Columbia University students walk out of Hillary Clinton lecture as Israel-Hamas protests roil campus

Student protesters at Columbia University walked out of international and public affairs classes Wednesday afternoon — including a lecture by Hillary Clinton — to stand with pro-Palestinian students who have been doxxed and harassed, and feel threatened and unsafe on campus.

A couple dozen students, out of a class of hundreds, stepped out at 3 p.m. of Clinton’s class, co-taught with Dean Keren Yarhi-Milo, while others left at least three other concurrent sessions. Yarhi-Milo had served in Israeli military intelligence in the 1990s.

“You’re not alone, and we’re here for you,” read a call to action ahead of the walkout, shared with the Daily News. The memo specified the protest “does not target any specific member of the administration that may help us or be against us.”

So-called“doxxing trucks,” on which digital billboards have displayed students’ names and photos under the banner “Columbia’s Leading Antisemites,” have paraded around Columbia and other campuses including Harvard University and the University of Pennsylvania. The trucks are sponsored by a conservative group not affiliated with the university, Accuracy in Media.

The protesting students planned to sit on the fourth floor in a main thoroughfare of the building known as the “fishbowl.” After the lecture was over, Clinton and Yarhi-Milo slipped out a side door and did not pass the students. Dean Yarhi-Milo returned to speak with students immediately after dropping off her papers, according to the school.

“I have not been subject to doxxing personally but some of my very close friends have been,” one of the students protesters told The News. “They do not feel safe walking on campus, they have been missing classes and are behind studies due to emotional and mental distress, especially due to complete failure of university administration to protect them.”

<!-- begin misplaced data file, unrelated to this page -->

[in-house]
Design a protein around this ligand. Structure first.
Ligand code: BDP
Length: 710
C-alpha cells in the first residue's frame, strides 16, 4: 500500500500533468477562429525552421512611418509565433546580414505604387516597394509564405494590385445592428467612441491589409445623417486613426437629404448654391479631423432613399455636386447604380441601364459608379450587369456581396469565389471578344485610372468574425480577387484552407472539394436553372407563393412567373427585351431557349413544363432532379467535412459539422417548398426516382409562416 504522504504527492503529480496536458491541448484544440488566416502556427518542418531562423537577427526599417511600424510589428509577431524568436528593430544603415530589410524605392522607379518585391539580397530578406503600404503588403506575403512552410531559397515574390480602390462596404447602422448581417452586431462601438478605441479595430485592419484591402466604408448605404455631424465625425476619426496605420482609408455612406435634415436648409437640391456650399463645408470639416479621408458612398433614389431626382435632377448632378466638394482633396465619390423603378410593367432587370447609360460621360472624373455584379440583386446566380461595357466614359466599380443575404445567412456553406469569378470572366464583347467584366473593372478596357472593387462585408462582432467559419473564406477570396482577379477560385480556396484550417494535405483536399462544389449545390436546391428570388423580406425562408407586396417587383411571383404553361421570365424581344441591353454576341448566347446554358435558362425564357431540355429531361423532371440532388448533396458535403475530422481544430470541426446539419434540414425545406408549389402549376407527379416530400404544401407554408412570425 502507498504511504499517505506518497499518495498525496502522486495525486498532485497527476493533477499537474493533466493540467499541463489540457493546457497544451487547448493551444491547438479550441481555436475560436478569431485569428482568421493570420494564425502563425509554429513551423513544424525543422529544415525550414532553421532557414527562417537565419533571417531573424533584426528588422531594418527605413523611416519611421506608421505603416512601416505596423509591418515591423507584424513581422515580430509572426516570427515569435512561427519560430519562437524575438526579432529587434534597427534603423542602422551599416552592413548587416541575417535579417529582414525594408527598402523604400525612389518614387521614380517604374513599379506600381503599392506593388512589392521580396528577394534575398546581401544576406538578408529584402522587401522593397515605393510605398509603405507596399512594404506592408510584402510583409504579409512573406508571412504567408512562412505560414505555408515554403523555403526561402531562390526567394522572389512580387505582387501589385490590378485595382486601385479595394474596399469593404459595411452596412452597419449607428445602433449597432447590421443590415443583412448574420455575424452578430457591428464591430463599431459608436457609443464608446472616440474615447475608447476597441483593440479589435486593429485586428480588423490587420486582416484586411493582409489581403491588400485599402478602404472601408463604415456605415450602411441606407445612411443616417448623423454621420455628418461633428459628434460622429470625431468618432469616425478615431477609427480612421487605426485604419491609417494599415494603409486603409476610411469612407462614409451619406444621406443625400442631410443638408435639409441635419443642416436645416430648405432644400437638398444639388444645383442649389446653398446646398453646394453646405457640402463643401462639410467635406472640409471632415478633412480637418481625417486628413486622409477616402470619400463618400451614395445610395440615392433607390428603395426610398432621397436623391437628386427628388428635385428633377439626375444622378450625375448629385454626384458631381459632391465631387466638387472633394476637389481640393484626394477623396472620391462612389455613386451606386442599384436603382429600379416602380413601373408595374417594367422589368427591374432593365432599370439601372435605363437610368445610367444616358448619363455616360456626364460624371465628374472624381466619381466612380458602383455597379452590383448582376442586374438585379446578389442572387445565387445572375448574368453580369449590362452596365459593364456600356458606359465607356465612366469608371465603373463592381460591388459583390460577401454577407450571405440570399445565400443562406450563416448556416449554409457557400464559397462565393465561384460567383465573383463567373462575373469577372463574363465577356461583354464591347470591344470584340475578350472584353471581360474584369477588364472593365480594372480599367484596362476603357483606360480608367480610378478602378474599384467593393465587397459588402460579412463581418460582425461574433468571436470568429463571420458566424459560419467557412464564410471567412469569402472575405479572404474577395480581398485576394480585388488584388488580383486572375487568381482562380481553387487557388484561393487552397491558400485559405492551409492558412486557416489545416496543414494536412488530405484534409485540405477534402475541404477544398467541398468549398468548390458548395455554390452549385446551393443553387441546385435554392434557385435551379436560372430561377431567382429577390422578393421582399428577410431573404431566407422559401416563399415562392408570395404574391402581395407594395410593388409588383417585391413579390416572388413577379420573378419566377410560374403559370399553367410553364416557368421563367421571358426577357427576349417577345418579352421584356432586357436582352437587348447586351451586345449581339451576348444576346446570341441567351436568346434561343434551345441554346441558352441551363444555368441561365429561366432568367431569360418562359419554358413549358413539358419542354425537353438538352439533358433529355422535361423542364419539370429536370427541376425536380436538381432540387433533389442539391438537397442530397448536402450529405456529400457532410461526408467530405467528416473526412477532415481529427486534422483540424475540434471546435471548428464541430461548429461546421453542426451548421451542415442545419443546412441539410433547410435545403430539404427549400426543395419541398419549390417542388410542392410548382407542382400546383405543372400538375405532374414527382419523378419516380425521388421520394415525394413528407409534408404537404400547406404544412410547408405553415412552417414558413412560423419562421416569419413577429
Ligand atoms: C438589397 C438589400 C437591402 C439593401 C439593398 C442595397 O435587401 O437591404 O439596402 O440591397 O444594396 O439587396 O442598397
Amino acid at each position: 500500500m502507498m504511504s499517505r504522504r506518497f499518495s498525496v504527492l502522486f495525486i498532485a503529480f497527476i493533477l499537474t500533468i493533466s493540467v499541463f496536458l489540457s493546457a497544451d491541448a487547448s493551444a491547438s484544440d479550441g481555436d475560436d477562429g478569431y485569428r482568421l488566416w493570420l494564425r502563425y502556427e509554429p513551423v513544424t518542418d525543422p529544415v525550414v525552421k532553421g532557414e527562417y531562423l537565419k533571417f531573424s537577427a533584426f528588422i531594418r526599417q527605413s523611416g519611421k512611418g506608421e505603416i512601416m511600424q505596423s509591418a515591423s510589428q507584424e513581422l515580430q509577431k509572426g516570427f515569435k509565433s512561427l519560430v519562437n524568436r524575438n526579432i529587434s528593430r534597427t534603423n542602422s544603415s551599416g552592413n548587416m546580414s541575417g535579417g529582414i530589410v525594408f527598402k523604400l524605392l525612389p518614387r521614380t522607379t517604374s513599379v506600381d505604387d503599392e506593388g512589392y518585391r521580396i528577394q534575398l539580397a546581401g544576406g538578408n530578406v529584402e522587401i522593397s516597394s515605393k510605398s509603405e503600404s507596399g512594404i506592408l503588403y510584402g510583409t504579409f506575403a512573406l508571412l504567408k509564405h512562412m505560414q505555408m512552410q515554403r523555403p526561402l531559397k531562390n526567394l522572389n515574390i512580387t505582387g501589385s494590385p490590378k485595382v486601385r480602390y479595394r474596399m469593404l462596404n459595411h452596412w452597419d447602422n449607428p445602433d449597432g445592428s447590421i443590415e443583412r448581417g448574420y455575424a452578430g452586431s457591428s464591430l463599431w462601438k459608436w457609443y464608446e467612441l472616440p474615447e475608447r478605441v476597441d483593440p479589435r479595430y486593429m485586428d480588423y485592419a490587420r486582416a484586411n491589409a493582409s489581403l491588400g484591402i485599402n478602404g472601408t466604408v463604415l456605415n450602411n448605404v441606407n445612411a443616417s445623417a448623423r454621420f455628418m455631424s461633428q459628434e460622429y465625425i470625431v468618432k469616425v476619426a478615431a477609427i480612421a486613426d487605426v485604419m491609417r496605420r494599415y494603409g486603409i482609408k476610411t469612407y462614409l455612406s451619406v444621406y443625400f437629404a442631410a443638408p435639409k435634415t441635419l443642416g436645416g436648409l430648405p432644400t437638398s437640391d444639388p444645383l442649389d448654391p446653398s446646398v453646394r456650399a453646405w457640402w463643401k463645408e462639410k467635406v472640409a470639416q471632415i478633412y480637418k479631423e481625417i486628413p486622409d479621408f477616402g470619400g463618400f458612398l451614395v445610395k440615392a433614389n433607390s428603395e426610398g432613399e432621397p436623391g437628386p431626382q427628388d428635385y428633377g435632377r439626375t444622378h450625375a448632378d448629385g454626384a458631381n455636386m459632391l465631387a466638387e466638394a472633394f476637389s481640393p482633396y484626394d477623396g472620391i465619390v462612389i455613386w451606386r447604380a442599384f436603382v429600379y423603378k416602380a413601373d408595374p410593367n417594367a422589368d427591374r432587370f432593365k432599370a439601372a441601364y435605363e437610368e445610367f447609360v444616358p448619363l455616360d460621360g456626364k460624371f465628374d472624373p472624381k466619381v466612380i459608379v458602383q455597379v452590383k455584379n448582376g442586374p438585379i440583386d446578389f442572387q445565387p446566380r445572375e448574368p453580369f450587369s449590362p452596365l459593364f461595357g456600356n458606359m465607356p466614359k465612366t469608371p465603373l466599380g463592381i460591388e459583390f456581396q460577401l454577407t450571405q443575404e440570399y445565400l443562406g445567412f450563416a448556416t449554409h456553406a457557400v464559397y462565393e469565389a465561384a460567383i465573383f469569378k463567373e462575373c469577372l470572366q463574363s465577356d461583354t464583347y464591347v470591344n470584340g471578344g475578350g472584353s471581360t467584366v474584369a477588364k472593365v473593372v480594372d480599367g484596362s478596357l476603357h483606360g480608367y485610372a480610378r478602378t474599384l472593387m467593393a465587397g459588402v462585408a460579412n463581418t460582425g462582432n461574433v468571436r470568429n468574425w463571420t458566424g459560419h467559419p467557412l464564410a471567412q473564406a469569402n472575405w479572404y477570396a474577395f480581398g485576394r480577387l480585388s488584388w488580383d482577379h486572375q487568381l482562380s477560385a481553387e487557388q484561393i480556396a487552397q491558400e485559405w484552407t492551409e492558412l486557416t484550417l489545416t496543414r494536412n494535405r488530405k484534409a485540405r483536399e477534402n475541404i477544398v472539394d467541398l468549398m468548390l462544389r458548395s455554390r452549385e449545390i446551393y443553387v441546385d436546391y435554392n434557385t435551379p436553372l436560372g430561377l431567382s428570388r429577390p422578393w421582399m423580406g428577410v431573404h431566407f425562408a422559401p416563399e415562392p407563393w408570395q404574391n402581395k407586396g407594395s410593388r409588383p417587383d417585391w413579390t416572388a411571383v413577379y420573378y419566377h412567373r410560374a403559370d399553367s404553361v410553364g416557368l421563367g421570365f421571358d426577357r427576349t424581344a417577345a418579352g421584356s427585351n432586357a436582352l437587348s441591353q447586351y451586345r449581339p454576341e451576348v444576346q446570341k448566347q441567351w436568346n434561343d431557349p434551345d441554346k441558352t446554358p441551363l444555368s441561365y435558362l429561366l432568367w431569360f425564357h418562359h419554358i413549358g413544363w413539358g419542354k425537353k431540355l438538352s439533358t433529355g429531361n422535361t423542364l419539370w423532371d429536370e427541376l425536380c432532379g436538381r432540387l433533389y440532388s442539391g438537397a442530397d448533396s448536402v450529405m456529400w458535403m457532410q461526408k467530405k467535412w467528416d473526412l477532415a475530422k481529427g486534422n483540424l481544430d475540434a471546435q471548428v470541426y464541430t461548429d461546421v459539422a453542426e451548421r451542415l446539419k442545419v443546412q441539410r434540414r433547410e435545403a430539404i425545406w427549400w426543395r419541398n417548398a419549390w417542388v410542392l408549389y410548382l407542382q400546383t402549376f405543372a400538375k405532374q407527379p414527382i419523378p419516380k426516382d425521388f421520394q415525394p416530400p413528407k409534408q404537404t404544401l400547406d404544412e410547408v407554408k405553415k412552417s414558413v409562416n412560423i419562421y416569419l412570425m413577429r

“I have lost friends for speaking out, have been subject to weird questions on campus for going to protests and vigils, and do not feel safe at all sharing my opinions even within the campus for the fear of being misquoted and called as antisemitic,” said the student, who is Muslim.

The student protesters made a list of demands of the university, including better communication from the administration and the right to free speech. They also called on the administration to investigate if Accuracy in Media was able to obtain photos of Columbia students from a secure, internal school platform.

“The university’s overriding priority is the safety and security of its students and community,” said a spokesperson for Columbia’s School of International and Public Affairs. “The university and SIPA take this responsibility very seriously — and this includes speaking out against doxing, a dangerous form of intimidation, as unacceptable.”

“Many individuals, including students across several schools, have been subject to these attacks by third parties. This includes disturbing incidents in which trucks have circled the Columbia campus displaying and publicizing the names and photos of Arab, Muslim, and Palestinian students,” they said.

The protest was first reported by The New York Times.

Before the walkout, Yarhi-Milo announced Tuesday a task force on doxxing and student safety of faculty, staff and students. The working group was tasked with developing proposals to prevent doxxing, protect the identities and personal information of students, and reduce on-campus tensions. Students had yet to be selected for the task force, and no deadline was shared for the recommendations.

An university-wide working group with a similar purpose was announced the following day, as well as an antisemitism task force. The former will be in operation through Nov. 30, with the possibility of an extension.